Genre publishers know a thing or two about voracious fans. “When Jim Butcher releases a book, two days later it’s like, When’s the next one coming out?” says Anne Sowards, executive editor at Ace. “Even though readers know intellectually that it takes a while to write a book, they don’t necessarily want to wait.”

These stepped-up expectations may be thanks, in part, to the pace of other media, such as podcasts and streaming services that drop complete seasons of episodes in a single day.

Emil Steiner, an assistant professor at Rowan University, studies binge consumption and the emotional relationships that audiences build with the media they consume. He sees an opportunity for book publishing to thrive where television was caught flat-footed.

“The broadcast companies really slept” on the idea that audiences might want something other than their favorite shows delivered on a weekly schedule, Steiner says. Enter Netflix, the subject of much of his research. Many networks initially saw it as a sort of video store, then a kind of internet cable channel, and missed the threat as Netflix collected massive amounts of user data, listened to the signals that audiences gave, and grew into an entertainment powerhouse.

“Binge watching changes the industry—not just the money side but the kinds of shows that are being produced, and the role of the viewers,” Steiner says. He sees the streaming phenomenon as more than just consumers adopting new delivery methods and platforms. Audiences, he says, have been trained to expect vivid, thoroughly imagined worlds that are constantly available and expanding at the speed of their appetites.

It isn’t hard to see the implications for publishing, particularly in the realm of science fiction and fantasy, where readers have always been eager to immerse themselves in new stories, mythologies, and worlds. Authors and publishers are experimenting with new ways of telling and delivering stories, and with using digital tools to bring new readers into the fold and keep longtime fans coming back.

Hungry for More

Binge delivery is one force affecting audience expectations. Another could be called the George R.R. Martin effect, and its influence is being felt keenly in publishing circles.

“I’ve observed this desire to wait for the end of a series before you start it,” says Adrienne Procaccini, senior editor at Amazon’s 47North and Skyscape imprints. “It’s comforting to pick up a book and know you can have a complete story all at once.”

Steiner’s research echoes the observation: viewers’ sense of satisfaction increased dramatically when they were able to binge on a complete, high-quality series.

At the other end of the spectrum is the frustration familiar to fans of Robert Jordan’s Wheel of Time series or Martin’s A Song of Ice and Fire—the worry that an author won’t finish what he’s started.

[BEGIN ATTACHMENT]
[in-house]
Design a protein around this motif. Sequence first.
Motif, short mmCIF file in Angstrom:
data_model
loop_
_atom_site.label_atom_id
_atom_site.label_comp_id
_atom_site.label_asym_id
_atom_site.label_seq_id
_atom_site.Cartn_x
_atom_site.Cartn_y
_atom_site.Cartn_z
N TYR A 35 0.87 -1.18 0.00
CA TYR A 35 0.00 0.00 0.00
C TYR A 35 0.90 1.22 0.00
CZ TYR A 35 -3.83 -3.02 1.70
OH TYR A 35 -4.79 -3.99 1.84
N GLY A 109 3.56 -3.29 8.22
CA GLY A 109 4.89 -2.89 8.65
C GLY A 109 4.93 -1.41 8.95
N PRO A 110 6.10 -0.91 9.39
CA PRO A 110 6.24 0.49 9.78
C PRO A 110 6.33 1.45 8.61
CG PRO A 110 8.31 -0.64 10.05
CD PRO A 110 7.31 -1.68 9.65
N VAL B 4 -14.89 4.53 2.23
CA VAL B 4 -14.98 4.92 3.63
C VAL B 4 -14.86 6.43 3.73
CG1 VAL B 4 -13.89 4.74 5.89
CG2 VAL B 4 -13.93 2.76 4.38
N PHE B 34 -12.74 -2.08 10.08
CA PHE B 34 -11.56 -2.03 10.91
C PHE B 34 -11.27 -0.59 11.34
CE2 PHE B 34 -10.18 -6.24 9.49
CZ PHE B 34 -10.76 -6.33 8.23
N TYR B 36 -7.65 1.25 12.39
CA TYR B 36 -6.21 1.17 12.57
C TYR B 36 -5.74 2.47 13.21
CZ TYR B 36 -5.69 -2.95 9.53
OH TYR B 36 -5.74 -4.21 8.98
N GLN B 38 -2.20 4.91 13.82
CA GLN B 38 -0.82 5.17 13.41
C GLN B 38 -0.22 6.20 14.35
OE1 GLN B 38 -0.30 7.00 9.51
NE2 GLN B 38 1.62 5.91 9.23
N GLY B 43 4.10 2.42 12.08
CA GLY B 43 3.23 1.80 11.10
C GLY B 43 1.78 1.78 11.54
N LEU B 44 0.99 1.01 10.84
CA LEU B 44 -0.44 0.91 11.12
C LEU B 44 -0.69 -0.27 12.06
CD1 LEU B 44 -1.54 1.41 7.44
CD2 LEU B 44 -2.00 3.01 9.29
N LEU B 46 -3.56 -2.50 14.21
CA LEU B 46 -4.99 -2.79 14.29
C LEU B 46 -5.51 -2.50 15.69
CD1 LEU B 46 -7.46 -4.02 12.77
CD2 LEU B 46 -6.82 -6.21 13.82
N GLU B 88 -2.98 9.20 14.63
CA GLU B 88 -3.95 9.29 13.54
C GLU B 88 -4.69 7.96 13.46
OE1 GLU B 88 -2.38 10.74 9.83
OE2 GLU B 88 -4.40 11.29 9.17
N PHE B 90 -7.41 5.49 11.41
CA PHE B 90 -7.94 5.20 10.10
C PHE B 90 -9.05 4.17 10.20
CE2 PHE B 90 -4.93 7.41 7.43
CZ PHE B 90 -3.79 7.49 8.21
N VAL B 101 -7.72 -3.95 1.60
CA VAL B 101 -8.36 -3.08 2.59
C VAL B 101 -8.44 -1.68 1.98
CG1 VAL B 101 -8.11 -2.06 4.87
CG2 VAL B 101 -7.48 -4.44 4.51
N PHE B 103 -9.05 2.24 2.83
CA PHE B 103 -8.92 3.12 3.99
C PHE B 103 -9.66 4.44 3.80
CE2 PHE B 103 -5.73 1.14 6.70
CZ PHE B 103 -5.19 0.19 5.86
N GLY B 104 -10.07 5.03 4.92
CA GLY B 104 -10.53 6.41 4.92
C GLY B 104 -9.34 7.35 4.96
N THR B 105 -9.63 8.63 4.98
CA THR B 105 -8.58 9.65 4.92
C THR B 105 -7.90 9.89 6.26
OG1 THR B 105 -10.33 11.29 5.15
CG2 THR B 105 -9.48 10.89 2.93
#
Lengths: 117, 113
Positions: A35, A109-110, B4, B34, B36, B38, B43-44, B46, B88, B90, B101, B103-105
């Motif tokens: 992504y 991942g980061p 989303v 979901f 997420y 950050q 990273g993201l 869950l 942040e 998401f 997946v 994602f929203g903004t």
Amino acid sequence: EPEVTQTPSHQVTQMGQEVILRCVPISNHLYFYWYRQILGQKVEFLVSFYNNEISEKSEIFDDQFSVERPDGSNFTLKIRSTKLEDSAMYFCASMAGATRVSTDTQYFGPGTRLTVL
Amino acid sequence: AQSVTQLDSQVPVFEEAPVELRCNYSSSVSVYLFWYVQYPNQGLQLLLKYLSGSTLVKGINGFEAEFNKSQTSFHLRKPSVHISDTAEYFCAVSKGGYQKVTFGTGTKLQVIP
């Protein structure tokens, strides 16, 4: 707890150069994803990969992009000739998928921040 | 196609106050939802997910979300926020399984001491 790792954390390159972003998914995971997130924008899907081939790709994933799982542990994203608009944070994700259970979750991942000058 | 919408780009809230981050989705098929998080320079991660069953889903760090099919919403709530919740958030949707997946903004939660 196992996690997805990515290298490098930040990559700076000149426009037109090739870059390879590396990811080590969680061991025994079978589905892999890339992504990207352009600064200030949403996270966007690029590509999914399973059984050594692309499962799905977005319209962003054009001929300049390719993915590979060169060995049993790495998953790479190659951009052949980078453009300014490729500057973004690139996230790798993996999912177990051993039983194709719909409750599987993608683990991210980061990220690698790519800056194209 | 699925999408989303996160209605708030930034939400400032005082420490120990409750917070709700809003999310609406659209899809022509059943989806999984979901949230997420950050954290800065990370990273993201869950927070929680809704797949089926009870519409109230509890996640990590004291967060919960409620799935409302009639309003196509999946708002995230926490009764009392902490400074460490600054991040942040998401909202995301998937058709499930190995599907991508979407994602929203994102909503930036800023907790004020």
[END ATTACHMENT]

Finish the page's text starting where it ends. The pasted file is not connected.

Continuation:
“This is a growing concern,” says Angela James, editorial director at Carina Press, a digital-first Harlequin imprint that publishes SFF among other genres. “I think this is a result of digital publishing broadly, and self-publishing on a micro level. With the sheer influx of authors, books, and availability, readers are feeling more wary of investing time” and are protecting themselves from getting attached to story arcs that may never be completed.

James, a “huge Robert Jordan fan,” says she has refused to start Martin’s series until it’s completed, and she knows she’s not an anomaly, nor is the phenomenon unique to A Song of Ice and Fire. “A lot of readers are saying it’s harder to wait in between installments, and they want to be able to get through the content. We’re hearing more readers say they’re waiting—they might be collecting the books, buying and storing them, but they’re not reading them until it’s complete.”

One example: after the 2016 publication of Phase Shift, the final book in Jenn Burke and Kelly Jensen’s Chaos Station series, James says, the authors heard from excited readers who’d waited to pull the trigger until they could buy all five books and binge.

Kensington executive editor Tara Gavin considers series one of the most powerful author development tools. “Having a fabulous standalone book will always be an option,” she says, but “an author’s name has to be built strategically.” She adds, “Series are a very effective way to do that quickly.”

Rebel Base, Kensington’s digital-first SFF imprint, released Shattered Roads, the first of Alice Henderson’s Skyfire Saga, in April and set an aggressive, 18-month publishing schedule for the trilogy. The final novel, Shattered Skies, will pub in October 2019.

At, shorter fiction lends itself to a quicker pace. Martha Wells’s the Murderbot Diaries, associate editor Carl Engle-Laird says, is a “perfect illustration of the pleasures of reading binges.” The series, about a misanthropic robot who’d rather binge watch TV than deal with people, launched in May 2017 with All Systems Red, which was a Hugo finalist and Nebula winner for best novella. A year later, three follow-up novellas were scheduled in rapid succession, with Exit Strategy due out in October. Fans will need to wait longer for the first Murderbot novel, tentatively scheduled for early 2020.